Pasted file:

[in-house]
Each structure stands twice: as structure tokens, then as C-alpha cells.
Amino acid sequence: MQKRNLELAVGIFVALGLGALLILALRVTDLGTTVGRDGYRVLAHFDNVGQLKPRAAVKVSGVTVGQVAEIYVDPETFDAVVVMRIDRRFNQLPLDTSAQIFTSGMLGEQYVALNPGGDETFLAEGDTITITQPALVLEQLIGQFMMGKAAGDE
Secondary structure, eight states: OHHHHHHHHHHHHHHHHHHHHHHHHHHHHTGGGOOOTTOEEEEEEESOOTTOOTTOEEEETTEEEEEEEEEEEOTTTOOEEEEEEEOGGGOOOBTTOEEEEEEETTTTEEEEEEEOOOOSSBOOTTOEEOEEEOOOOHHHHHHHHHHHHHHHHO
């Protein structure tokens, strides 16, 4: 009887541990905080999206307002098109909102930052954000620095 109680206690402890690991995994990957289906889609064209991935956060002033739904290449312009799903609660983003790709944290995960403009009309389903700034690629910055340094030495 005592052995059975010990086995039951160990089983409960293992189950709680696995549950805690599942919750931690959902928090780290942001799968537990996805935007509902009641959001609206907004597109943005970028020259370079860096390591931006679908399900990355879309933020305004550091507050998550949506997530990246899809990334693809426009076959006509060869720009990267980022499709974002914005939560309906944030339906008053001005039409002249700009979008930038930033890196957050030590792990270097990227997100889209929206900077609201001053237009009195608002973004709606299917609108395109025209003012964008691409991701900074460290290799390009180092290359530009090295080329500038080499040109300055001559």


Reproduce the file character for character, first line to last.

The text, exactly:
[in-house]
Each structure stands twice: as structure tokens, then as C-alpha cells.
Amino acid sequence: MQKRNLELAVGIFVALGLGALLILALRVTDLGTTVGRDGYRVLAHFDNVGQLKPRAAVKVSGVTVGQVAEIYVDPETFDAVVVMRIDRRFNQLPLDTSAQIFTSGMLGEQYVALNPGGDETFLAEGDTITITQPALVLEQLIGQFMMGKAAGDE
Secondary structure, eight states: OHHHHHHHHHHHHHHHHHHHHHHHHHHHHTGGGOOOTTOEEEEEEESOOTTOOTTOEEEETTEEEEEEEEEEEOTTTOOEEEEEEEOGGGOOOBTTOEEEEEEETTTTEEEEEEEOOOOSSBOOTTOEEOEEEOOOOHHHHHHHHHHHHHHHHO
């Protein structure tokens, strides 16, 4: 009887541990905080999206307002098109909102930052954000620095 109680206690402890690991995994990957289906889609064209991935956060002033739904290449312009799903609660983003790709944290995960403009009309389903700034690629910055340094030495 005592052995059975010990086995039951160990089983409960293992189950709680696995549950805690599942919750931690959902928090780290942001799968537990996805935007509902009641959001609206907004597109943005970028020259370079860096390591931006679908399900990355879309933020305004550091507050998550949506997530990246899809990334693809426009076959006509060869720009990267980022499709974002914005939560309906944030339906008053001005039409002249700009979008930038930033890196957050030590792990270097990227997100889209929206900077609201001053237009009195608002973004709606299917609108395109025209003012964008691409991701900074460290290799390009180092290359530009090295080329500038080499040109300055001559």